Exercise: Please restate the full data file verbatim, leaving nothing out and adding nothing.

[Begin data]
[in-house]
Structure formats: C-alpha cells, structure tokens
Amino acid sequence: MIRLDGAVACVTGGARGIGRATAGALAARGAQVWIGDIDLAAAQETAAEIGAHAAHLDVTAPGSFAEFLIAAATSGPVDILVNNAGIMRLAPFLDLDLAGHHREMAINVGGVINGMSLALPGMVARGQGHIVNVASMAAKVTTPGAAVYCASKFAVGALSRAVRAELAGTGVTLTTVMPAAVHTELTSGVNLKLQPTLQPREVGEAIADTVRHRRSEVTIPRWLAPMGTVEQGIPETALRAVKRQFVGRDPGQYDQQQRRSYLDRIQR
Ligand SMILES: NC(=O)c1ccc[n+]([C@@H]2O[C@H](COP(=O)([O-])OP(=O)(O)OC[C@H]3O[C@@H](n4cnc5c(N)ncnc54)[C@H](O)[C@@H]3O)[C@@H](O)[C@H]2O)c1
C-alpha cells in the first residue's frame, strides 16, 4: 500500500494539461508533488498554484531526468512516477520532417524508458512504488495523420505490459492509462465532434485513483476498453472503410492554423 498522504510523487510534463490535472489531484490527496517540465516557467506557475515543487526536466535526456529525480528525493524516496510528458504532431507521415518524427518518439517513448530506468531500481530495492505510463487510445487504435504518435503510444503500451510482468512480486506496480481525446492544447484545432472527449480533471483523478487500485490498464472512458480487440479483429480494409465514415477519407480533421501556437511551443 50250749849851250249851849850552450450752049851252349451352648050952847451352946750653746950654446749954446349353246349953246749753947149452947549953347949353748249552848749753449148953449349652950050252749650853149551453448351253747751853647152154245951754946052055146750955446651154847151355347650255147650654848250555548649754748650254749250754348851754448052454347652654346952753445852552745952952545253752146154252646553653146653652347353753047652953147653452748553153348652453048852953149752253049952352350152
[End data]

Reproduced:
[in-house]
Structure formats: C-alpha cells, structure tokens
Amino acid sequence: MIRLDGAVACVTGGARGIGRATAGALAARGAQVWIGDIDLAAAQETAAEIGAHAAHLDVTAPGSFAEFLIAAATSGPVDILVNNAGIMRLAPFLDLDLAGHHREMAINVGGVINGMSLALPGMVARGQGHIVNVASMAAKVTTPGAAVYCASKFAVGALSRAVRAELAGTGVTLTTVMPAAVHTELTSGVNLKLQPTLQPREVGEAIADTVRHRRSEVTIPRWLAPMGTVEQGIPETALRAVKRQFVGRDPGQYDQQQRRSYLDRIQR
Ligand SMILES: NC(=O)c1ccc[n+]([C@@H]2O[C@H](COP(=O)([O-])OP(=O)(O)OC[C@H]3O[C@@H](n4cnc5c(N)ncnc54)[C@H](O)[C@@H]3O)[C@@H](O)[C@H]2O)c1
C-alpha cells in the first residue's frame, strides 16, 4: 500500500494539461508533488498554484531526468512516477520532417524508458512504488495523420505490459492509462465532434485513483476498453472503410492554423 498522504510523487510534463490535472489531484490527496517540465516557467506557475515543487526536466535526456529525480528525493524516496510528458504532431507521415518524427518518439517513448530506468531500481530495492505510463487510445487504435504518435503510444503500451510482468512480486506496480481525446492544447484545432472527449480533471483523478487500485490498464472512458480487440479483429480494409465514415477519407480533421501556437511551443 50250749849851250249851849850552450450752049851252349451352648050952847451352946750653746950654446749954446349353246349953246749753947149452947549953347949353748249552848749753449148953449349652950050252749650853149551453448351253747751853647152154245951754946052055146750955446651154847151355347650255147650654848250555548649754748650254749250754348851754448052454347652654346952753445852552745952952545253752146154252646553653146653652347353753047652953147653452748553153348652453048852953149752253049952352350152